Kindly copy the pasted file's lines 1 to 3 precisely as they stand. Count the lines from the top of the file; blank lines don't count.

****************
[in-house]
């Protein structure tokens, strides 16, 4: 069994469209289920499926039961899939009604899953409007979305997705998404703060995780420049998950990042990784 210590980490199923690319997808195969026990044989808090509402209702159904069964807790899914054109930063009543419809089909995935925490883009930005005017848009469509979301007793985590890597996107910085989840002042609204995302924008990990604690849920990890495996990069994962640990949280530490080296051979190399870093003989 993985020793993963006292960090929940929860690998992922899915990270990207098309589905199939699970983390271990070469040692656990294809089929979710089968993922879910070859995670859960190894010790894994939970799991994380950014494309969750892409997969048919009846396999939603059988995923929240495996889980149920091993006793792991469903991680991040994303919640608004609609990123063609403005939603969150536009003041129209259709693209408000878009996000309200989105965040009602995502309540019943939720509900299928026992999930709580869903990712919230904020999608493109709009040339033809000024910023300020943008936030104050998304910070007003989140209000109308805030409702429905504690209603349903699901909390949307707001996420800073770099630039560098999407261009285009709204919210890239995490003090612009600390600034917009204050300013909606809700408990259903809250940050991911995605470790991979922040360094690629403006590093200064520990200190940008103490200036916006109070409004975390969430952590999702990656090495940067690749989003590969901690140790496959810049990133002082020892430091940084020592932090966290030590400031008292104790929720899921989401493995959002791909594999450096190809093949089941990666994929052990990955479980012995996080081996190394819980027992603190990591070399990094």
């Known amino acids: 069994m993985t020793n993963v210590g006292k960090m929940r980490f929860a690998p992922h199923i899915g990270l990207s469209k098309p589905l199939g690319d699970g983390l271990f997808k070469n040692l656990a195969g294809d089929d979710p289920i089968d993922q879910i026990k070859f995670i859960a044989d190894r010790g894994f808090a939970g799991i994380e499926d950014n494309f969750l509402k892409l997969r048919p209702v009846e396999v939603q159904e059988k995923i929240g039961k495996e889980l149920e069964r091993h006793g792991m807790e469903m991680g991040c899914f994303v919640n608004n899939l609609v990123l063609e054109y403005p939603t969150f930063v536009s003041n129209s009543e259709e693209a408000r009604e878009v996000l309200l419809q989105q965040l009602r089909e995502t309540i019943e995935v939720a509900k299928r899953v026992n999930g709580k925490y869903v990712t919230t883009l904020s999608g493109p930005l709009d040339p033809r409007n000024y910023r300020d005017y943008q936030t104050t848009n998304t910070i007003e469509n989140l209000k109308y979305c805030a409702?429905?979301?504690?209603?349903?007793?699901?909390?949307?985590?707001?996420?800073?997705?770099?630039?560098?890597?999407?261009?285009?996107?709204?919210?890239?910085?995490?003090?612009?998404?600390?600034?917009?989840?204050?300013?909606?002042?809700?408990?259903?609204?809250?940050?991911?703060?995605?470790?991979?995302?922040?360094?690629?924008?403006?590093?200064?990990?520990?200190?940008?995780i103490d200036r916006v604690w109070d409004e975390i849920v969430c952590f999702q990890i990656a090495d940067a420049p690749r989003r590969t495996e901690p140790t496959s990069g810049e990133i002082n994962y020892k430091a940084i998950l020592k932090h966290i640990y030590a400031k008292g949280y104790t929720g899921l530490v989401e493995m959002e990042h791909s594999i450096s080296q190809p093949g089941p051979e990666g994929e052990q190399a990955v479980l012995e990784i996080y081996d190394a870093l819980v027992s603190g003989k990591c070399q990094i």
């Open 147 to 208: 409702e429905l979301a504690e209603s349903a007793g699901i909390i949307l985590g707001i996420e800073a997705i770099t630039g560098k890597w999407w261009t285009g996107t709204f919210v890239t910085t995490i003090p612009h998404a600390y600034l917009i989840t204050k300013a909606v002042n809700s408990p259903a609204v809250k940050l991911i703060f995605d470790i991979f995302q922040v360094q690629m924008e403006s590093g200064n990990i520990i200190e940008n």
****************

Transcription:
[in-house]
């Protein structure tokens, strides 16, 4: 069994469209289920499926039961899939009604899953409007979305997705998404703060995780420049998950990042990784 210590980490199923690319997808195969026990044989808090509402209702159904069964807790899914054109930063009543419809089909995935925490883009930005005017848009469509979301007793985590890597996107910085989840002042609204995302924008990990604690849920990890495996990069994962640990949280530490080296051979190399870093003989 993985020793993963006292960090929940929860690998992922899915990270990207098309589905199939699970983390271990070469040692656990294809089929979710089968993922879910070859995670859960190894010790894994939970799991994380950014494309969750892409997969048919009846396999939603059988995923929240495996889980149920091993006793792991469903991680991040994303919640608004609609990123063609403005939603969150536009003041129209259709693209408000878009996000309200989105965040009602995502309540019943939720509900299928026992999930709580869903990712919230904020999608493109709009040339033809000024910023300020943008936030104050998304910070007003989140209000109308805030409702429905504690209603349903699901909390949307707001996420800073770099630039560098999407261009285009709204919210890239995490003090612009600390600034917009204050300013909606809700408990259903809250940050991911995605470790991979922040360094690629403006590093200064520990200190940008103490200036916006109070409004975390969430952590999702990656090495940067690749989003590969901690140790496959810049990133002082020892430091940084020592932090966290030590400031008292104790929720899921989401493995959002791909594999450096190809093949089941990666994929052990990955479980012995996080081996190394819980027992603190990591070399990094």
């Known amino acids: 069994m993985t020793n993963v210590g006292k960090m929940r980490f929860a690998p992922h199923i899915g990270l990207s469209k098309p589905l199939g690319d699970g983390l271990f997808k070469n040692l656990a195969g294809d089929d979710p289920i089968d993922q879910i026990k070859f995670i859960a044989d190894r010790g894994f808090a939970g799991i994380e499926d950014n494309f969750l509402k892409l997969r048919p209702v009846e396999v939603q159904e059988k995923i929240g039961k495996e889980l149920e069964r091993h006793g792991m807790e469903m991680g991040c899914f994303v919640n608004n899939l609609v990123l063609e054109y403005p939603t969150f930063v536009s003041n129209s009543e259709e693209a408000r009604e878009v996000l309200l419809q989105q965040l009602r089909e995502t309540i019943e995935v939720a509900k299928r899953v026992n999930g709580k925490y869903v990712t919230t883009l904020s999608g493109p930005l709009d040339p033809r409007n000024y910023r300020d005017y943008q936030t104050t848009n998304t910070i007003e469509n989140l209000k109308y979305c805030a409702?429905?979301?504690?209603?349903?007793?699901?909390?949307?985590?707001?996420?800073?997705?770099?630039?560098?890597?999407?261009?285009?996107?709204?919210?890239?910085?995490?003090?612009?998404?600390?600034?917009?989840?204050?300013?909606?002042?809700?408990?259903?609204?809250?940050?991911?703060?995605?470790?991979?995302?922040?360094?690629?924008?403006?590093?200064?990990?520990?200190?940008?995780i103490d200036r916006v604690w109070d409004e975390i849920v969430c952590f999702q990890i990656a090495d940067a420049p690749r989003r590969t495996e901690p140790t496959s990069g810049e990133i002082n994962y020892k430091a940084i998950l020592k932090h966290i640990y030590a400031k008292g949280y104790t929720g899921l530490v989401e493995m959002e990042h791909s594999i450096s080296q190809p093949g089941p051979e990666g994929e052990q190399a990955v479980l012995e990784i996080y081996d190394a870093l819980v027992s603190g003989k990591c070399q990094i």